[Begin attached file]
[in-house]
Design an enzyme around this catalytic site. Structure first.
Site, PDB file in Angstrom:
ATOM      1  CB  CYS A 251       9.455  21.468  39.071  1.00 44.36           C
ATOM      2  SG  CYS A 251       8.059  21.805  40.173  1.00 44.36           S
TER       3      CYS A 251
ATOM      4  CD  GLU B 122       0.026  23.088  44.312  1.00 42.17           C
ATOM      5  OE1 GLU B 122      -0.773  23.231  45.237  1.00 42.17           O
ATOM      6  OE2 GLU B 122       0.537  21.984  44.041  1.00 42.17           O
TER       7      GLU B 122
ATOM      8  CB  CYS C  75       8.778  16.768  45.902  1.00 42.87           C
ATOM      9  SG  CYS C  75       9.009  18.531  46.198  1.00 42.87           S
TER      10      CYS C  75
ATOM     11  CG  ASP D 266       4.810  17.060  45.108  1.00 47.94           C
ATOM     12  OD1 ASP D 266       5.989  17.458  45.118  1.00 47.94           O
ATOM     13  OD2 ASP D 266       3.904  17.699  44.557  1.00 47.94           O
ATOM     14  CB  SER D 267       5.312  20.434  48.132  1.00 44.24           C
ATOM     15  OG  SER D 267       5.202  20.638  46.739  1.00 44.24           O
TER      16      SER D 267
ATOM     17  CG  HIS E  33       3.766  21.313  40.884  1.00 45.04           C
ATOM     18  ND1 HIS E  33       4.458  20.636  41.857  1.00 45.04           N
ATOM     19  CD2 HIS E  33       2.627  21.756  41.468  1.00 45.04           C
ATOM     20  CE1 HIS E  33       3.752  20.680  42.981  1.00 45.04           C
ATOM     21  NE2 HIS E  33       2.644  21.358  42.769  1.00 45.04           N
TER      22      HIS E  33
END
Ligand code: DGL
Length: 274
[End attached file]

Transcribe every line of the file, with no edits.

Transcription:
[in-house]
Design an enzyme around this catalytic site. Structure first.
Site, PDB file in Angstrom:
ATOM      1  CB  CYS A 251       9.455  21.468  39.071  1.00 44.36           C
ATOM      2  SG  CYS A 251       8.059  21.805  40.173  1.00 44.36           S
TER       3      CYS A 251
ATOM      4  CD  GLU B 122       0.026  23.088  44.312  1.00 42.17           C
ATOM      5  OE1 GLU B 122      -0.773  23.231  45.237  1.00 42.17           O
ATOM      6  OE2 GLU B 122       0.537  21.984  44.041  1.00 42.17           O
TER       7      GLU B 122
ATOM      8  CB  CYS C  75       8.778  16.768  45.902  1.00 42.87           C
ATOM      9  SG  CYS C  75       9.009  18.531  46.198  1.00 42.87           S
TER      10      CYS C  75
ATOM     11  CG  ASP D 266       4.810  17.060  45.108  1.00 47.94           C
ATOM     12  OD1 ASP D 266       5.989  17.458  45.118  1.00 47.94           O
ATOM     13  OD2 ASP D 266       3.904  17.699  44.557  1.00 47.94           O
ATOM     14  CB  SER D 267       5.312  20.434  48.132  1.00 44.24           C
ATOM     15  OG  SER D 267       5.202  20.638  46.739  1.00 44.24           O
TER      16      SER D 267
ATOM     17  CG  HIS E  33       3.766  21.313  40.884  1.00 45.04           C
ATOM     18  ND1 HIS E  33       4.458  20.636  41.857  1.00 45.04           N
ATOM     19  CD2 HIS E  33       2.627  21.756  41.468  1.00 45.04           C
ATOM     20  CE1 HIS E  33       3.752  20.680  42.981  1.00 45.04           C
ATOM     21  NE2 HIS E  33       2.644  21.358  42.769  1.00 45.04           N
TER      22      HIS E  33
END
Ligand code: DGL
Length: 274